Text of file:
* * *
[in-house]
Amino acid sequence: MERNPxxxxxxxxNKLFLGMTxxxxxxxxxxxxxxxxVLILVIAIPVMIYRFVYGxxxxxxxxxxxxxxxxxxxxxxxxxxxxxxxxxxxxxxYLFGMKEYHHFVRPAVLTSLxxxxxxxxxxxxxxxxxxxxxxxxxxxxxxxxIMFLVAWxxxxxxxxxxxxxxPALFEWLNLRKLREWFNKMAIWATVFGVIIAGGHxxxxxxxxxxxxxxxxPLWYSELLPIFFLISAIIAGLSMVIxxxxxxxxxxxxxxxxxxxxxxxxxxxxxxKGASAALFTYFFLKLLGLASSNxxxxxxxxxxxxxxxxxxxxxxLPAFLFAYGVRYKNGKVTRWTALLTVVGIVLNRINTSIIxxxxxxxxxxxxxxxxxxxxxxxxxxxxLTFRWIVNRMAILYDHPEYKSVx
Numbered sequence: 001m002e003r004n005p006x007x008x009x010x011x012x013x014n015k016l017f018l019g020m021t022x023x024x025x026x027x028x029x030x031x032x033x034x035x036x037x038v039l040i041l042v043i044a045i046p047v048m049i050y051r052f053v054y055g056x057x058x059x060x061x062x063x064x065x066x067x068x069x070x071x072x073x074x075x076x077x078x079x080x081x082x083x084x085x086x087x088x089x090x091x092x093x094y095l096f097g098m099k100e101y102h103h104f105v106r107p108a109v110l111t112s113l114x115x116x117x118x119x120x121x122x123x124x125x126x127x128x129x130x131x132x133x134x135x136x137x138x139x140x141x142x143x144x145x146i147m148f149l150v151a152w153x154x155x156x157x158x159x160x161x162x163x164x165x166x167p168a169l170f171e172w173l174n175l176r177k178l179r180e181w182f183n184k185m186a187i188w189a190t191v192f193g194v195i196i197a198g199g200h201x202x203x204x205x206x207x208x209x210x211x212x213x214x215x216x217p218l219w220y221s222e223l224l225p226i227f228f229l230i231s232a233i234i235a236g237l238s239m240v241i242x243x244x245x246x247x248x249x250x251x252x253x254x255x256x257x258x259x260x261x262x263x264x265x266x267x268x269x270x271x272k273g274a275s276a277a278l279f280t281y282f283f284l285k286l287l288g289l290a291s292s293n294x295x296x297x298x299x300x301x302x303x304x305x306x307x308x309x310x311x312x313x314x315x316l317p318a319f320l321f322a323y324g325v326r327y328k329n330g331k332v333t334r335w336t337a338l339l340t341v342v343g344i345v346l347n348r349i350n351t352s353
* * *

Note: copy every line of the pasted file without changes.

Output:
[in-house]
Amino acid sequence: MERNPxxxxxxxxNKLFLGMTxxxxxxxxxxxxxxxxVLILVIAIPVMIYRFVYGxxxxxxxxxxxxxxxxxxxxxxxxxxxxxxxxxxxxxxYLFGMKEYHHFVRPAVLTSLxxxxxxxxxxxxxxxxxxxxxxxxxxxxxxxxIMFLVAWxxxxxxxxxxxxxxPALFEWLNLRKLREWFNKMAIWATVFGVIIAGGHxxxxxxxxxxxxxxxxPLWYSELLPIFFLISAIIAGLSMVIxxxxxxxxxxxxxxxxxxxxxxxxxxxxxxKGASAALFTYFFLKLLGLASSNxxxxxxxxxxxxxxxxxxxxxxLPAFLFAYGVRYKNGKVTRWTALLTVVGIVLNRINTSIIxxxxxxxxxxxxxxxxxxxxxxxxxxxxLTFRWIVNRMAILYDHPEYKSVx
Numbered sequence: 001m002e003r004n005p006x007x008x009x010x011x012x013x014n015k016l017f018l019g020m021t022x023x024x025x026x027x028x029x030x031x032x033x034x035x036x037x038v039l040i041l042v043i044a045i046p047v048m049i050y051r052f053v054y055g056x057x058x059x060x061x062x063x064x065x066x067x068x069x070x071x072x073x074x075x076x077x078x079x080x081x082x083x084x085x086x087x088x089x090x091x092x093x094y095l096f097g098m099k100e101y102h103h104f105v106r107p108a109v110l111t112s113l114x115x116x117x118x119x120x121x122x123x124x125x126x127x128x129x130x131x132x133x134x135x136x137x138x139x140x141x142x143x144x145x146i147m148f149l150v151a152w153x154x155x156x157x158x159x160x161x162x163x164x165x166x167p168a169l170f171e172w173l174n175l176r177k178l179r180e181w182f183n184k185m186a187i188w189a190t191v192f193g194v195i196i197a198g199g200h201x202x203x204x205x206x207x208x209x210x211x212x213x214x215x216x217p218l219w220y221s222e223l224l225p226i227f228f229l230i231s232a233i234i235a236g237l238s239m240v241i242x243x244x245x246x247x248x249x250x251x252x253x254x255x256x257x258x259x260x261x262x263x264x265x266x267x268x269x270x271x272k273g274a275s276a277a278l279f280t281y282f283f284l285k286l287l288g289l290a291s292s293n294x295x296x297x298x299x300x301x302x303x304x305x306x307x308x309x310x311x312x313x314x315x316l317p318a319f320l321f322a323y324g325v326r327y328k329n330g331k332v333t334r335w336t337a338l339l340t341v342v343g344i345v346l347n348r349i350n351t352s353